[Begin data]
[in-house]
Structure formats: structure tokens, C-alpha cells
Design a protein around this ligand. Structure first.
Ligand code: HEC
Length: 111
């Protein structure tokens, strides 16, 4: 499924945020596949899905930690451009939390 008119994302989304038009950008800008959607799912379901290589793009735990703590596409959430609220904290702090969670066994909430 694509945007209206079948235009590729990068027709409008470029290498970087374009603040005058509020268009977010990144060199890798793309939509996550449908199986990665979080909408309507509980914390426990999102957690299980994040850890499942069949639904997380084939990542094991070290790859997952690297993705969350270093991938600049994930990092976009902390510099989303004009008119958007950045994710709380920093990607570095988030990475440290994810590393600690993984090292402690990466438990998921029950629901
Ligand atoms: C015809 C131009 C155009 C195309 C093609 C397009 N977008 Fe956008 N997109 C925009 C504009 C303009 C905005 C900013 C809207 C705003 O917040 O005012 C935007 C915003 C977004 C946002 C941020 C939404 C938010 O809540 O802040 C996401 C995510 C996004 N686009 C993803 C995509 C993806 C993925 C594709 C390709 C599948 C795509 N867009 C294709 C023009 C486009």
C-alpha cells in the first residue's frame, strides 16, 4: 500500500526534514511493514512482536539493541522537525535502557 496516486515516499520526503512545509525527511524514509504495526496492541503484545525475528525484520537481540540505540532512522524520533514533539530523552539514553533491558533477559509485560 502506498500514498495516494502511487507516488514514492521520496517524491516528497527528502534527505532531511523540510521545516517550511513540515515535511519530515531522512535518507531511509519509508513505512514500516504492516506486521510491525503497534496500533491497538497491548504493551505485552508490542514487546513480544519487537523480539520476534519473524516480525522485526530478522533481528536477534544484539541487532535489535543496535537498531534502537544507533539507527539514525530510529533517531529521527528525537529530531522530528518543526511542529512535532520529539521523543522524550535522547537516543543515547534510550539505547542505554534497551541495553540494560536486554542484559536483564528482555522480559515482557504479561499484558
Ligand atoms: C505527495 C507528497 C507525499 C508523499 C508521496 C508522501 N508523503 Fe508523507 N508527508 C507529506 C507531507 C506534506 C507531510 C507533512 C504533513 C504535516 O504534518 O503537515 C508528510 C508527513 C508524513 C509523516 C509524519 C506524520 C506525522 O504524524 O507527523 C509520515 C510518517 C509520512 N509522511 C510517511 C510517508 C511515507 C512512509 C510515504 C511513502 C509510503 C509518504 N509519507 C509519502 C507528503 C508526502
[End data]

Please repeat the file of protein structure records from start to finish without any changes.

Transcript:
[in-house]
Structure formats: structure tokens, C-alpha cells
Design a protein around this ligand. Structure first.
Ligand code: HEC
Length: 111
């Protein structure tokens, strides 16, 4: 499924945020596949899905930690451009939390 008119994302989304038009950008800008959607799912379901290589793009735990703590596409959430609220904290702090969670066994909430 694509945007209206079948235009590729990068027709409008470029290498970087374009603040005058509020268009977010990144060199890798793309939509996550449908199986990665979080909408309507509980914390426990999102957690299980994040850890499942069949639904997380084939990542094991070290790859997952690297993705969350270093991938600049994930990092976009902390510099989303004009008119958007950045994710709380920093990607570095988030990475440290994810590393600690993984090292402690990466438990998921029950629901
Ligand atoms: C015809 C131009 C155009 C195309 C093609 C397009 N977008 Fe956008 N997109 C925009 C504009 C303009 C905005 C900013 C809207 C705003 O917040 O005012 C935007 C915003 C977004 C946002 C941020 C939404 C938010 O809540 O802040 C996401 C995510 C996004 N686009 C993803 C995509 C993806 C993925 C594709 C390709 C599948 C795509 N867009 C294709 C023009 C486009």
C-alpha cells in the first residue's frame, strides 16, 4: 500500500526534514511493514512482536539493541522537525535502557 496516486515516499520526503512545509525527511524514509504495526496492541503484545525475528525484520537481540540505540532512522524520533514533539530523552539514553533491558533477559509485560 502506498500514498495516494502511487507516488514514492521520496517524491516528497527528502534527505532531511523540510521545516517550511513540515515535511519530515531522512535518507531511509519509508513505512514500516504492516506486521510491525503497534496500533491497538497491548504493551505485552508490542514487546513480544519487537523480539520476534519473524516480525522485526530478522533481528536477534544484539541487532535489535543496535537498531534502537544507533539507527539514525530510529533517531529521527528525537529530531522530528518543526511542529512535532520529539521523543522524550535522547537516543543515547534510550539505547542505554534497551541495553540494560536486554542484559536483564528482555522480559515482557504479561499484558
Ligand atoms: C505527495 C507528497 C507525499 C508523499 C508521496 C508522501 N508523503 Fe508523507 N508527508 C507529506 C507531507 C506534506 C507531510 C507533512 C504533513 C504535516 O504534518 O503537515 C508528510 C508527513 C508524513 C509523516 C509524519 C506524520 C506525522 O504524524 O507527523 C509520515 C510518517 C509520512 N509522511 C510517511 C510517508 C511515507 C512512509 C510515504 C511513502 C509510503 C509518504 N509519507 C509519502 C507528503 C508526502